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Jacksonville in Duval County, Florida — The American South (South Atlantic)
 

The Tension Of War

Jacksonville On The Edge Of The Civil War

 

— Camp Melton Historic Preserve —

 
The Tension Of War Marker image. Click for full size.
By Brandon D Cross, November 11, 2019
1. The Tension Of War Marker
Inscription.  
Confronting the enemy

"In this imposing waterfront home lived Mrs. Sarah Reed and her younger sister , Miss Julianna James. Miss James, a beauty of her day, hurriedly dressed in her best in time to answer the captain’s knock. The Captain announced that he had orders to pillage and burn the house. Miss Julianna protested, saying that he must be mistaken, for her sister was alone with several children and had committed no offense. She suggested the captain and his men stay for dinner. The group remained and ate fried chicken ,jelly, jam, cake and other trimmins. Miss Julianna exerted all her charms on the Yankee soldiers during the dinner and this singular episode passed without untoward incident. Miss Julianna, with Mrs. Read and her children, lived in Mandarin throughout the war and were never again threatened."
Resident account, spring 1862
Mandarin on the St. Johns – by Mary B. Grall


Neighbor against neighbor


The Civil War is sometimes called the brother against brother. In Jacksonville it was also the struggle of neighbor against
The Tension Of War Marker image. Click for full size.
By Brandon D Cross, November 11, 2019
2. The Tension Of War Marker
neighbor. Supporters of both the Union and the Confederacy lived in Jacksonville during the Civil War. After French, British and Spanish rule, Florida worked hard to be admitted into the Union on March 3, 1845. Consequently, many Jacksonville residents were upset when Florida joined the Confederate States of America on April 17, 1861.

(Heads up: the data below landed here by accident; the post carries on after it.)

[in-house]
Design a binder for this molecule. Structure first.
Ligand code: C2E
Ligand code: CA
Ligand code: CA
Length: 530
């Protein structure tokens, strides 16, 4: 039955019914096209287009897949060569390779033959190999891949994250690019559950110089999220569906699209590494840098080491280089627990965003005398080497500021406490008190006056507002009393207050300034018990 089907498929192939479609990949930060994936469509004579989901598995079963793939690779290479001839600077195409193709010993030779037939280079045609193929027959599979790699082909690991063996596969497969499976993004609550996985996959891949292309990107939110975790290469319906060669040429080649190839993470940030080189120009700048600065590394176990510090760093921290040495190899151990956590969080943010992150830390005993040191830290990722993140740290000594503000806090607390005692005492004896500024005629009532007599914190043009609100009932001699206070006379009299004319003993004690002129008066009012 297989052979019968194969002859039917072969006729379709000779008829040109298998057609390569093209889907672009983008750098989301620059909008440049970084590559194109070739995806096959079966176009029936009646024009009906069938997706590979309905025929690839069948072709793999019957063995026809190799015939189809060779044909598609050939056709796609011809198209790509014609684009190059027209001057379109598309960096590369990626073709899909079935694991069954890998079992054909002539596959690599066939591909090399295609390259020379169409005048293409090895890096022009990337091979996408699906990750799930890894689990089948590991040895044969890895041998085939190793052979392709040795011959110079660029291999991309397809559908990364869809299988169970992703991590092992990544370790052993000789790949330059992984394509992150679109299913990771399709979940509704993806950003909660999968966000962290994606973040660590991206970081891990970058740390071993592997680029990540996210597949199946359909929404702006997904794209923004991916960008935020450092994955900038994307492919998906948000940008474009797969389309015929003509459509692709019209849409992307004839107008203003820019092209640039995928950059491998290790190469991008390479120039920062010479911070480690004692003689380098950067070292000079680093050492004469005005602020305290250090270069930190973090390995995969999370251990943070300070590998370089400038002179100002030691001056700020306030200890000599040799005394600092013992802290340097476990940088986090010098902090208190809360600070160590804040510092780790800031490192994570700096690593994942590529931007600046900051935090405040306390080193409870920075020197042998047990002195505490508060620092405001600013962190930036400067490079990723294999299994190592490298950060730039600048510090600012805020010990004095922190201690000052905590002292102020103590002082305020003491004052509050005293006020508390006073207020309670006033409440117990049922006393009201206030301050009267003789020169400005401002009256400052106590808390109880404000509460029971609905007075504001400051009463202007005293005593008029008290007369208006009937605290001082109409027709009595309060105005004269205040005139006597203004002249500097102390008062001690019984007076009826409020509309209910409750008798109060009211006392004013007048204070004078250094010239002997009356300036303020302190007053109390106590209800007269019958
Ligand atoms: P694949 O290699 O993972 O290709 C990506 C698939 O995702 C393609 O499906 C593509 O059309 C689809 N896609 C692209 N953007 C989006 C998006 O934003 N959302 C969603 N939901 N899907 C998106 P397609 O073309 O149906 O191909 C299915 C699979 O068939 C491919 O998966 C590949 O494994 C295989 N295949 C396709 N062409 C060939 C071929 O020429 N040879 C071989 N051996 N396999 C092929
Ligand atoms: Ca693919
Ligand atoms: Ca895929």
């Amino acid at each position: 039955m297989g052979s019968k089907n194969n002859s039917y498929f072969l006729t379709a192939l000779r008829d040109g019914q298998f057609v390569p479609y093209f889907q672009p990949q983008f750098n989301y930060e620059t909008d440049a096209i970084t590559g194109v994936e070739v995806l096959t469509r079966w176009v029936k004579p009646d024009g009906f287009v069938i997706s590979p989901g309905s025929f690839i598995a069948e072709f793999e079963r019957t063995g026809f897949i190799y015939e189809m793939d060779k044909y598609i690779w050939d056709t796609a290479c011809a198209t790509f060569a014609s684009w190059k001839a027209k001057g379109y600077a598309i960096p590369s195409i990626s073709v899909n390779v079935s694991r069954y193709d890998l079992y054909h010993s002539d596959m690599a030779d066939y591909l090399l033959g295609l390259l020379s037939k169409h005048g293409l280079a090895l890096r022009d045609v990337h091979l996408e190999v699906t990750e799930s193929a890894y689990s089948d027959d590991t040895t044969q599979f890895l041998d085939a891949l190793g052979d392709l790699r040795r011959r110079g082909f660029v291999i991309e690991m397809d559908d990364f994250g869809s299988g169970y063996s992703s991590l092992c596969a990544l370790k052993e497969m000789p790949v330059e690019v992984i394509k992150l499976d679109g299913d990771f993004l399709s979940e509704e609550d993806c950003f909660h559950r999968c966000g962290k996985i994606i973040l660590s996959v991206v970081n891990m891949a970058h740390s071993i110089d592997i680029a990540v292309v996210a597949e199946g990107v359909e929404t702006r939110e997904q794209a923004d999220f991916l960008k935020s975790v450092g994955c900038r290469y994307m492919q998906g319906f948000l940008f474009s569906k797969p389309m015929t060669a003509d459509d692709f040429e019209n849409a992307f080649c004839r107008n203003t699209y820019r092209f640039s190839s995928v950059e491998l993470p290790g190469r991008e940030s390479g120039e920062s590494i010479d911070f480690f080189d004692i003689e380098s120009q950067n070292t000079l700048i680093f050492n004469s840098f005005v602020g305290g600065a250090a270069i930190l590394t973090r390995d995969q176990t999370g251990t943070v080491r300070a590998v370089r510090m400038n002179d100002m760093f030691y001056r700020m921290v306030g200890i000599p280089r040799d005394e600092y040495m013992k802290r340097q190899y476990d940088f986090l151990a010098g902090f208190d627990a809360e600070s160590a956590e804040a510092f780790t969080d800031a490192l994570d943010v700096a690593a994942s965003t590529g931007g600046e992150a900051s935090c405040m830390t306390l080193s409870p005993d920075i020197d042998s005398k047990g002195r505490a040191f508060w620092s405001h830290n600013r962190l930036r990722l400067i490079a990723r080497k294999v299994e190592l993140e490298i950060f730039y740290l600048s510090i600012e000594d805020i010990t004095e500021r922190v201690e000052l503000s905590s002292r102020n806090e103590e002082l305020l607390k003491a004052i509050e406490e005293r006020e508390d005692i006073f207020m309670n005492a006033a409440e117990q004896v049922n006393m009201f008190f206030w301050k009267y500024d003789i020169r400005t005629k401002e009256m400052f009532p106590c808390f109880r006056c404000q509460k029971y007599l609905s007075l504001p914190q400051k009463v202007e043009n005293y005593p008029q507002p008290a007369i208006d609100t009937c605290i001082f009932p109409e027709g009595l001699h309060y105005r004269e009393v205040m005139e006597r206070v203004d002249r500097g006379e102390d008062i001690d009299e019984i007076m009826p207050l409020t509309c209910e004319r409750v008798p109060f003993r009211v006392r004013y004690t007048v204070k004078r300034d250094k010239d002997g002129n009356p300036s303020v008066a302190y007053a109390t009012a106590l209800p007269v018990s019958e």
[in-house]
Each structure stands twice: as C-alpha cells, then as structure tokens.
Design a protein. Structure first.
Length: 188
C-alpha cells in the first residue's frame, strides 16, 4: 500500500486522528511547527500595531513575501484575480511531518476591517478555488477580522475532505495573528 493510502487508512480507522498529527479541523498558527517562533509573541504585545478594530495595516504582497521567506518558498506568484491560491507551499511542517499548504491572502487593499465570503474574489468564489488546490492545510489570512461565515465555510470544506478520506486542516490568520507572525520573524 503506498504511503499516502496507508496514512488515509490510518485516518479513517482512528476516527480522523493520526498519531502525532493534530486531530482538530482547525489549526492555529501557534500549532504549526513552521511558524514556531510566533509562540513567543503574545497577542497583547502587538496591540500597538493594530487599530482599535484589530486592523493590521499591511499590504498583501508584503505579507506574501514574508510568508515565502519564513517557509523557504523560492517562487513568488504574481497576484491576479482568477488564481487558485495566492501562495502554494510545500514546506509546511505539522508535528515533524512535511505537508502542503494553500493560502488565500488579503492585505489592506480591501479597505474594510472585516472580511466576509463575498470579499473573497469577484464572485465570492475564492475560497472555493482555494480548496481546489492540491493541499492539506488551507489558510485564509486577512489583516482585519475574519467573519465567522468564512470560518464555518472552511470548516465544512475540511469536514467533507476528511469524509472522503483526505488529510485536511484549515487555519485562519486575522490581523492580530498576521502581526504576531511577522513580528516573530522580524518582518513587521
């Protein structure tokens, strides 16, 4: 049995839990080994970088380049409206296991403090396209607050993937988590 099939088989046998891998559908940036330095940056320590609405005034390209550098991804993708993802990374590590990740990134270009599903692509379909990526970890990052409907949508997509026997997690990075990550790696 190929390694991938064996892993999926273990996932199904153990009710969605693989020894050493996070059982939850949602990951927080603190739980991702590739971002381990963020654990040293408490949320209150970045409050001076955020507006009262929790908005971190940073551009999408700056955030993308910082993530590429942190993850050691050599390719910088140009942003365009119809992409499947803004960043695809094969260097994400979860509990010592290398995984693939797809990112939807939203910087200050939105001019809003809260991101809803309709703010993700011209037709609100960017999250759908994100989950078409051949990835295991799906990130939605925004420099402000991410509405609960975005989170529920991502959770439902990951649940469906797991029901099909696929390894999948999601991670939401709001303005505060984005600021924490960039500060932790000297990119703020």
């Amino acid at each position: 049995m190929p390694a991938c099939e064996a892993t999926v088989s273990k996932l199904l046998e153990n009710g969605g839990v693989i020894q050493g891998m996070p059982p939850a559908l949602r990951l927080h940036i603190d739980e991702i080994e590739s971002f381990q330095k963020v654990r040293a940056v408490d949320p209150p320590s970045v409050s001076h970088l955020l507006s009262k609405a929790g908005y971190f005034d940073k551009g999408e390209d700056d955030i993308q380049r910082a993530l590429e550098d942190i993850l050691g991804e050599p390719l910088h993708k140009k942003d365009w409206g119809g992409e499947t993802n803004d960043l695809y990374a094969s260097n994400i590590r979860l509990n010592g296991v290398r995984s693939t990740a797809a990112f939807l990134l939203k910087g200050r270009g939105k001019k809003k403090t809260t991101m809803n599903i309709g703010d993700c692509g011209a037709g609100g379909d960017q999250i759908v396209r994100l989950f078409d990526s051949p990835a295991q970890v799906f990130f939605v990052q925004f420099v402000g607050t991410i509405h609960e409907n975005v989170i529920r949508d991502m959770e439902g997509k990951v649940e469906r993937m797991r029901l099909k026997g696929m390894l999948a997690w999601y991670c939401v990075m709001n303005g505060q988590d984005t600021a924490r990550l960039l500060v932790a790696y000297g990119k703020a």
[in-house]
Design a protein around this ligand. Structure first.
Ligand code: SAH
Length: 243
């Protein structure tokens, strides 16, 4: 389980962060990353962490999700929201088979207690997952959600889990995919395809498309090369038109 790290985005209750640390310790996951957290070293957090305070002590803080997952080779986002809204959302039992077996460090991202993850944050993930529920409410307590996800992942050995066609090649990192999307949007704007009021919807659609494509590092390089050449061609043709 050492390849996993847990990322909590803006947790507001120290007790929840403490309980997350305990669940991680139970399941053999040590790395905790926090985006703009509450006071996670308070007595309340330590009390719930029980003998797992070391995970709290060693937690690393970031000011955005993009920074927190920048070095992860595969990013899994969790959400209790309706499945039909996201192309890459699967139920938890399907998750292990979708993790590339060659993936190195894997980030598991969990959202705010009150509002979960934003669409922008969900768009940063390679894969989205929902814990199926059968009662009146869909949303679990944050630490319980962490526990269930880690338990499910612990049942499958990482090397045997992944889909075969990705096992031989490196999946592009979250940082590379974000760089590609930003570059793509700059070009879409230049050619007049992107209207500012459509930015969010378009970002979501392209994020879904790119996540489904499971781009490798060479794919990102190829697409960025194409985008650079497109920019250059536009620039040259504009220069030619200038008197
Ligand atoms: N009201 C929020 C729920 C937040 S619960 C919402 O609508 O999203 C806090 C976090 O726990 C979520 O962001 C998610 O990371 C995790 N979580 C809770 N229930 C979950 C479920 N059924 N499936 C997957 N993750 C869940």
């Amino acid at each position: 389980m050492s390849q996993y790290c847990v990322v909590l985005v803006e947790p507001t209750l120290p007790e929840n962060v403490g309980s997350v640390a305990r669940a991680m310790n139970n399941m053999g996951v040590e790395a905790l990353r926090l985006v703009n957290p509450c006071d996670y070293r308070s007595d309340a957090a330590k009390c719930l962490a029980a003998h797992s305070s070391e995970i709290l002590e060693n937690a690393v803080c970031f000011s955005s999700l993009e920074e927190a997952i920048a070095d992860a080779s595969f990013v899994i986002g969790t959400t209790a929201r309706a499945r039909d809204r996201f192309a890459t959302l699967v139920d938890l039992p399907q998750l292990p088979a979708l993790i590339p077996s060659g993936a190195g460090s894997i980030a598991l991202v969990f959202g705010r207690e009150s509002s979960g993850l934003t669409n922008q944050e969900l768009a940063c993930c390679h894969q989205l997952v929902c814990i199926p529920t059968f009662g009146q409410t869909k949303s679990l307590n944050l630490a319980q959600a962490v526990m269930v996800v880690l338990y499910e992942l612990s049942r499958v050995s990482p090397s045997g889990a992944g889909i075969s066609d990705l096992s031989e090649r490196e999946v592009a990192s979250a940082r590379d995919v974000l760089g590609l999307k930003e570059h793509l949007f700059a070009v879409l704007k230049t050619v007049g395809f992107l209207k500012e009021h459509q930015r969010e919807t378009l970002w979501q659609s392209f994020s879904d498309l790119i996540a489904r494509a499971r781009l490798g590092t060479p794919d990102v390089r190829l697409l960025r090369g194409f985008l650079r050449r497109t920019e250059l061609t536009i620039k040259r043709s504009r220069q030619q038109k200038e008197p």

Living with substitute foods

During the war, the best available foods were shipped to the soldiers , and some Jacksonville residents were forced to find substitute foods. “For coffee they used wheat, rye, barley, corn, peanuts and sweet potatoes, which had been roasted and ground; for tea. They substituted sassafras, sage and the leaves of yaupon. The ashes of corncobs dissolved in water provided substitute soda for baking.”
Mandarin on the St. Johns – by Mary B. Grall
 
Location. 30° 20.132′ N, 81° 52.043′ W. Marker is in Jacksonville, Florida, in Duval County. Marker can be reached from Halsema Road North 0.4 miles from Old Plank Road, on the right when traveling north. Located within the Camp Milton Historic Preserve. Touch for map. Marker is at or near this postal address: 1225 Halsema Rd N, Jacksonville FL 32220, United States of America. Touch for directions.
 
Other nearby markers. At least 8 other markers are within walking distance of this marker. Jefferson Davis Live Oak (within shouting distance of this marker); The Third Union Invasion
Photo Insert Left image. Click for full size.
By Brandon D Cross, November 11, 2019
3. Photo Insert Left
The warfare scenes of a Georgia plantation may resemble a similar event in Mandarin
(within shouting distance of this marker); The Harvey Farm (within shouting distance of this marker); Stonewall Jackson Prayer Oak (about 300 feet away, measured in a direct line); Fort Fisher Live Oak (about 400 feet away); Lincoln’s Tomb White Oak (about 400 feet away); Seminary Ridge White Oak (about 400 feet away); Robert E. Lee Sycamore (about 400 feet away). Touch for a list and map of all markers in Jacksonville.
 
Categories. War, US Civil
 
Photo Insert Center image. Click for full size.
By Brandon D Cross, November 11, 2019
4. Photo Insert Center
Downtown Jacksonville where soldiers patrolled the streets
Camp Milton Historic Preserve Sign image. Click for full size.
By Brandon D Cross, November 11, 2019
5. Camp Milton Historic Preserve Sign
 

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Credits. This page was last revised on December 22, 2019. This page originally submitted on December 20, 2019, by Brandon D Cross of Flagler Beach, Florida. This page has been viewed 50 times since then and 4 times this year. Photos:   1, 2, 3, 4, 5. submitted on December 20, 2019, by Brandon D Cross of Flagler Beach, Florida. • Bernard Fisher was the editor who published this page.
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